It is only through many decades of studies, constitutional talks, and public inquiries that Canada realized that there are Indigenous Nations of importance outside of the Indian Act.  In 1982, the Canadian constitutional order heralded that “Aboriginal” peoples included not only Indians, but also Métis and Inuit peoples.   Recently, the Supreme Court of Canada concluded that “Indians” includes Métis and non-status Indians peoples under section 91(24) of the Constitution Act, 1867, as well as federally recognized “Indians” and Inuit peoples.  Section 91(24), with its inaccurate and colonial terminology may well be the seed that led to colonialism, as it empowered the government to create an “Indian Act” and both must be revisited on a Nation-to-Nation basis.

Reconciliation requires a tremendous amount of effort because of the damage and turmoil of history.   The societies that pre-existed Canada are the societies that need the Nation to Nation relationships that the Indian Act minimized in many ways.  Despite being  well-meaning, your laws will be your laws and if allowed to, they will displace something that was always there, more legitimate and more legal to our societies than yours could ever be.

I witness Prime Minister Justin Trudeau setting an illegitimate table for Nation to Nation discussions based on a misunderstanding of the reactions to our colonial past.  A table set for a “national” representatives from Inuit, Métis, and First Nations, is like a table set for Manitoba, the Maritimes, and the rest of Canada as each group has but one representative. In addition, Indigenous Nations are not subgroups within Canada’s confederation, we are treaty partners of a confederated Canada.   There might be fewer than 100 Indigenous Nations in Canada, if we could reach immediate and lasting reconciliation with the pre-existing societies.  But, because of the legacy of the Indian Act and discriminatory policy under s.91(24) of the Constitution Act, 1867, Canada will need to work on the Nation to Nation approach with the Indian bands, building bridges, political institutions, and recalling traditional governance (and possibly with new approaches) as a project that would last past my own lifetime.   The invitation to “join” Canada was made, for many of us, through a treaty relationship – Nation to Nation; not to join as a member of a confederation.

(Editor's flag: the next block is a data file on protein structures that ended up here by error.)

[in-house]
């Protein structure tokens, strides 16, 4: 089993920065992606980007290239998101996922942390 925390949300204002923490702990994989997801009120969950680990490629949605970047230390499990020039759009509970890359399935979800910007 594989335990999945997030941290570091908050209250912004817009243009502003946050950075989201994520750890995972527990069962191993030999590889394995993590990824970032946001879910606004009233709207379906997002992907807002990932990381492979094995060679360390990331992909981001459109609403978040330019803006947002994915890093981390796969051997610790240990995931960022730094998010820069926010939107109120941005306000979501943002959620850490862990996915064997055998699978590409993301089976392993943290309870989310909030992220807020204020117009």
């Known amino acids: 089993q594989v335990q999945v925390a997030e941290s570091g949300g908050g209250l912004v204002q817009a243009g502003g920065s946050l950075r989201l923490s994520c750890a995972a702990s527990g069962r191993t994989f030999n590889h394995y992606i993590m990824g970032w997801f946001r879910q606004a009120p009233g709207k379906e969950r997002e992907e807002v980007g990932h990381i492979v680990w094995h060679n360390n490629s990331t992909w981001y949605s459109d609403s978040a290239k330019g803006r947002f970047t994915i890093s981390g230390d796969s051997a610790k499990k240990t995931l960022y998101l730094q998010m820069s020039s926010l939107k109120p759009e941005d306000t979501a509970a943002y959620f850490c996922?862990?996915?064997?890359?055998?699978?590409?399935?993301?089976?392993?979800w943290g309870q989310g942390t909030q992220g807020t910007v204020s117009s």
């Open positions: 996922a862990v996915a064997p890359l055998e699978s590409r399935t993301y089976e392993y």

As much as I know that twentieth century ethnographers were wrong in calling my people Boundary Waters Ojibway, the Canadian government was wrong to call us Saulteaux in the 1873 treaty known as Treaty #3, and my grandfather was not entirely right in telling my Indian residential school educated mother that she should, “remember you are a Chippewa Indian”;  I can reconcile these errors within their own context.   I recall fully as if it is in my own blood memory, that my Nation made it a treaty imperative from 1869 to 1873 that the Canadian government was only to speak to the Nation in assembly and not to individual community leadership.  This is something I will always fully respect as a Treaty #3 person.  I am Anishinaabe’kwe, a member of the makwa do’dem (bear clan), and from Anishinaabe Aki (our ancestral territory, where we believe our Creator planted us), and I will try to explain this without frustration to anyone who inquires.  The key to reconciliation is to do so Nation to Nation, and both parties are responsible to ensure that reconciliation is not “done” outside of respectful, reciprocal and peaceful existing, renewed or newly conciliated treaty relationships.

Our laws and your laws, and our societies and your society will someday peacefully co-exist.